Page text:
Corrected a few spelling mistakes. Also, UFO Pocket PC appears to have gone offline. The domain at which it was hosted is not longer available which is a shame. It was definitely something worth trying out if you owned a pocket PC.

UPDATE : 24/06/08 :

URL problem seems to have corrected itself. Pocket PC UFO is back. :)

UPDATE: 31/10/12 :

After quite some time and given the amount of traffic this post recieves, I’ve added some new recent projects that any self respecting XCOM fan will enjoy trying out. :)

Retro gaming…

February 25, 2008 1 comment

Sometimes it is easy to forget the games released a few years ago that defined a generation or genre of games. Take for example the Doom, Quake, C&C, War/Starcraft series (and many other notable games) that to this day are unrivaled. More and more games are repeating the same tired methodology of taking an idea that has worked in the past and simply slapping a next generation engine on it.

That is not to say that games like Call of Duty 4, Crysis, Doom 3, Generals, Bioshock, Battlefield etc are not great games in their own right, its just sometimes one has to look back at those old classics and realise (in my faux-American persona) ‘Gee… they don’t make them like that any more.’

One of the best examples of games that refuse to roll over and quietly sleep in the history books is UFO Enemy Unknown (or XCOM UFO Defense for my American Visitors.) This is one of the only games that I pick up and play all the way through every six to twelve months.

This game has undoubtedly aged – it was released in 1994 and set in the not too distant future (1999.) You are XCOM, a global defense force charged with protecting the earth from the unexpected and unknown visitors from the sky. There are two modes, a management mode called the Geoscape (real time) where you manage your bases and intercept UFOs and a Tactical mode (turn based) where you deploy your troops to storm crashed/landed UFOs and protect the populace from Alien terror missions.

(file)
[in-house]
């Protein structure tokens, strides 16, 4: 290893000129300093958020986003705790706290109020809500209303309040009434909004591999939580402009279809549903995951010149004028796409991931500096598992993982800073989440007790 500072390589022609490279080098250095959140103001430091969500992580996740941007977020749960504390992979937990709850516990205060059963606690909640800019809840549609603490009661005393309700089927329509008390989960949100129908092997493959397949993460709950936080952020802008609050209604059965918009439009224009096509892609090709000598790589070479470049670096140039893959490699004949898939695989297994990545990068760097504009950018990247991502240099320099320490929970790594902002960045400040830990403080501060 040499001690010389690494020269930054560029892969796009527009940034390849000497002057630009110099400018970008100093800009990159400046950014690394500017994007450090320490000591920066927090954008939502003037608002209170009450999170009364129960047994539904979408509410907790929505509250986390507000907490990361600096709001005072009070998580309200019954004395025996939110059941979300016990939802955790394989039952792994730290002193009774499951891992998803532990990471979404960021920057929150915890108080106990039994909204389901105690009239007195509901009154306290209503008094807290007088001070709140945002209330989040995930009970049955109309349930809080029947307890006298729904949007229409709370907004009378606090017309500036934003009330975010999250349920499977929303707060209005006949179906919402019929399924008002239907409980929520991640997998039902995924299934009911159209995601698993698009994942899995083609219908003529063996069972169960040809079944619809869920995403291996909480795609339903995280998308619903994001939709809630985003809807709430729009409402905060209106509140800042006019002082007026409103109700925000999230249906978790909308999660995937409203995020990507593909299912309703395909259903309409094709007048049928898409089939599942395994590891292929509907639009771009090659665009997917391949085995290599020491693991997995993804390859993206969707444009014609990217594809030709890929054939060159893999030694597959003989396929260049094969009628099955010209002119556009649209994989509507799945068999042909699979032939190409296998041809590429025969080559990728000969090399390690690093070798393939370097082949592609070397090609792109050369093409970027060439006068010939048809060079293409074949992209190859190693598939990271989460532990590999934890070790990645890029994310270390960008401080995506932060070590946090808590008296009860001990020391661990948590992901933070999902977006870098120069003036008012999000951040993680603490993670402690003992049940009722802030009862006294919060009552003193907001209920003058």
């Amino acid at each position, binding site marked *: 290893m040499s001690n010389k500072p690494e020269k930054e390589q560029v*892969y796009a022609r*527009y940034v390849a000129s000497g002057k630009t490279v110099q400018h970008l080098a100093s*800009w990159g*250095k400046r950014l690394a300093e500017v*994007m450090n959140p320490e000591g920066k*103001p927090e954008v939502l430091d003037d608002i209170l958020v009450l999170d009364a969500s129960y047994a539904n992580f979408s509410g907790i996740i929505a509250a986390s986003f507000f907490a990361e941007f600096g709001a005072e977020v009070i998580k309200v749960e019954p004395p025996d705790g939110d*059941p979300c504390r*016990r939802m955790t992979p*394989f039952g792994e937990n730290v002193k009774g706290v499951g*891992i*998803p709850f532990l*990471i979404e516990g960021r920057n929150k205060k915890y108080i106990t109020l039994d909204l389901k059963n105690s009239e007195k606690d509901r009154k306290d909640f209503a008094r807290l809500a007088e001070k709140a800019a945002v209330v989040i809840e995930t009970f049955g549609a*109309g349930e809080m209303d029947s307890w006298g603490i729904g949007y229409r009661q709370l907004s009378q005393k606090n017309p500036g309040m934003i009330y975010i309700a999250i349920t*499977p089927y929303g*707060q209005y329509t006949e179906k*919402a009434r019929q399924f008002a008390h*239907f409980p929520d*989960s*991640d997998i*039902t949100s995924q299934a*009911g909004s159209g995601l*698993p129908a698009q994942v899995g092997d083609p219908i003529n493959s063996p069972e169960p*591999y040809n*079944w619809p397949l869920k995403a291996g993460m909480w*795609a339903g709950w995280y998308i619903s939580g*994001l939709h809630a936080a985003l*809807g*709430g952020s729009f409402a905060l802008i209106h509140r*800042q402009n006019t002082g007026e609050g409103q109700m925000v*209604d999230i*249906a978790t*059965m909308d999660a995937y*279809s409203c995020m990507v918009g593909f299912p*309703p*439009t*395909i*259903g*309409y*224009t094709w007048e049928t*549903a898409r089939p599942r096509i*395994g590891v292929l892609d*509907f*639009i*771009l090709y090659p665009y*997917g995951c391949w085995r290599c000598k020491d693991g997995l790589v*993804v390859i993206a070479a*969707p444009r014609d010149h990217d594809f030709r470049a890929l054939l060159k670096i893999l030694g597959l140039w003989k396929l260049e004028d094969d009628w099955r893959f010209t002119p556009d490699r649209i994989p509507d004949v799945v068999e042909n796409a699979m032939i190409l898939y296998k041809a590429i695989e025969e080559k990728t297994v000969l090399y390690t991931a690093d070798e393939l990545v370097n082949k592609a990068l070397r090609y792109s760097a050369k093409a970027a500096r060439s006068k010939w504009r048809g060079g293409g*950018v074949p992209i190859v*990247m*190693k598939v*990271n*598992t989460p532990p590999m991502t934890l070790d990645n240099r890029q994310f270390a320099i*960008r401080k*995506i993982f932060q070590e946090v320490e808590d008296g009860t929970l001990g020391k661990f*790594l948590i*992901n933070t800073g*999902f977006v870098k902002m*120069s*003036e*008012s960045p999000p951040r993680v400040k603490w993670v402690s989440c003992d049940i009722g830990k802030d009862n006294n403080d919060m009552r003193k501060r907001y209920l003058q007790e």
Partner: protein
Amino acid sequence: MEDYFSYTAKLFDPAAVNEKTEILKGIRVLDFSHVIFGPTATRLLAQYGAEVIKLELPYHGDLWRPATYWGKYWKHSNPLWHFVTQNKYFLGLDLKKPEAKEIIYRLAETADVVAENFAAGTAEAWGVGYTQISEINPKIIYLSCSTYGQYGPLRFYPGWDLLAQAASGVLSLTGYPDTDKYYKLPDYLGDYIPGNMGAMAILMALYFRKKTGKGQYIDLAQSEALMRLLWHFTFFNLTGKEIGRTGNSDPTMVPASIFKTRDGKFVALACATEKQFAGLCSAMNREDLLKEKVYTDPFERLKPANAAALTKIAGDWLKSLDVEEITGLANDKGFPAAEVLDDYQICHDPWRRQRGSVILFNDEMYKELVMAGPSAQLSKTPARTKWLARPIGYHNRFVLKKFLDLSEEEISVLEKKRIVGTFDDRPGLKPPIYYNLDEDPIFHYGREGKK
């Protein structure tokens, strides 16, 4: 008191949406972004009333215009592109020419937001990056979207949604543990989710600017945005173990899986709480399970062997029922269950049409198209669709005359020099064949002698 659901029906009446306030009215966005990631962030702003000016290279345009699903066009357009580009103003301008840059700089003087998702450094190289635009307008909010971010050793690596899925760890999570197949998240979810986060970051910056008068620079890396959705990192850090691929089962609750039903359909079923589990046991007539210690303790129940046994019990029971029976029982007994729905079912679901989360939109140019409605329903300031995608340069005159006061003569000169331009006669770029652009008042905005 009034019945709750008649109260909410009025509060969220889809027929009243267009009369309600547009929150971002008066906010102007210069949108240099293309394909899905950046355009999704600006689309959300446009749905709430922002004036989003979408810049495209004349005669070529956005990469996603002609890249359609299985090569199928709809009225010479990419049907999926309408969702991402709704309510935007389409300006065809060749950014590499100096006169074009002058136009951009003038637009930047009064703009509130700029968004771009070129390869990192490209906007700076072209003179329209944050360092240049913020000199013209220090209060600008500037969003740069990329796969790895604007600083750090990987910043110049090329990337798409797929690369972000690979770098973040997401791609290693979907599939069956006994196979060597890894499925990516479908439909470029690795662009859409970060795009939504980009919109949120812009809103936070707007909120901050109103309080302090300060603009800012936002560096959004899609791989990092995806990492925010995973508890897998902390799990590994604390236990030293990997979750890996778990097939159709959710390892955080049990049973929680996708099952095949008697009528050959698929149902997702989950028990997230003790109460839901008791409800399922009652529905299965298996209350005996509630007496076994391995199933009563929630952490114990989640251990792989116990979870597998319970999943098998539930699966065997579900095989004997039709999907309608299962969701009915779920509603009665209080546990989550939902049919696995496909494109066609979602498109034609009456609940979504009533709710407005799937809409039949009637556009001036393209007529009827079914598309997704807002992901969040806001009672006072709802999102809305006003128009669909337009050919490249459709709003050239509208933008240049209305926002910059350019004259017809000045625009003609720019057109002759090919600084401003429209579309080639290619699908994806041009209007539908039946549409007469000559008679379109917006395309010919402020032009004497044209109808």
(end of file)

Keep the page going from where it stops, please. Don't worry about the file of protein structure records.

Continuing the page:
The graphics are very basic – no hardware acceleration (although the manual cautions you that you may have difficulties playing the game with only 2Mb of RAM) and the very low resolution of 640×480 (VGA). Strangely, you get used to this. The graphics are beautifully designed with aliens that do look frightening (especially when your soldiers make contact in the night) and very visceral. Everything about this game is well thought out and give the impression of absolute freedom. There is no linear path to the game and you can play in any way you like which was unprecedented at the time (and still not matched.)

I recently spotted a first person shooter remake based on the Half life 2 engine. Lets make no mistake, if the team pulls this off it will be incredible. There are a number of remakes floating around, but I will make that the focus of a future post.

Sadly the sequels to UFO Enemy unknown were disappointing. XCOM Terror from the Deep was essentially a rehashed version set at the bottom of the sea. While there are some nice tactical additions to the game, apart from being harder and a lot less forgiving than the original, it is fairly dull and uninspiring. Xcom Apocalipse was enjoyable but the key to this game is not considering it a sequel but a stand alone game.

In summary, if you have not played any games from the XCOM series, you are lacking in your computer game exposure. I highly recommend you play the original, either via dosbox or VirtualPC. Alternatively, there are ‘Windows XP versions’ of this game floating around with a program that slows down your PC to make the game playable, these can be found on abandon-ware sites.

UPDATE: The Win9x version does not work under Vista.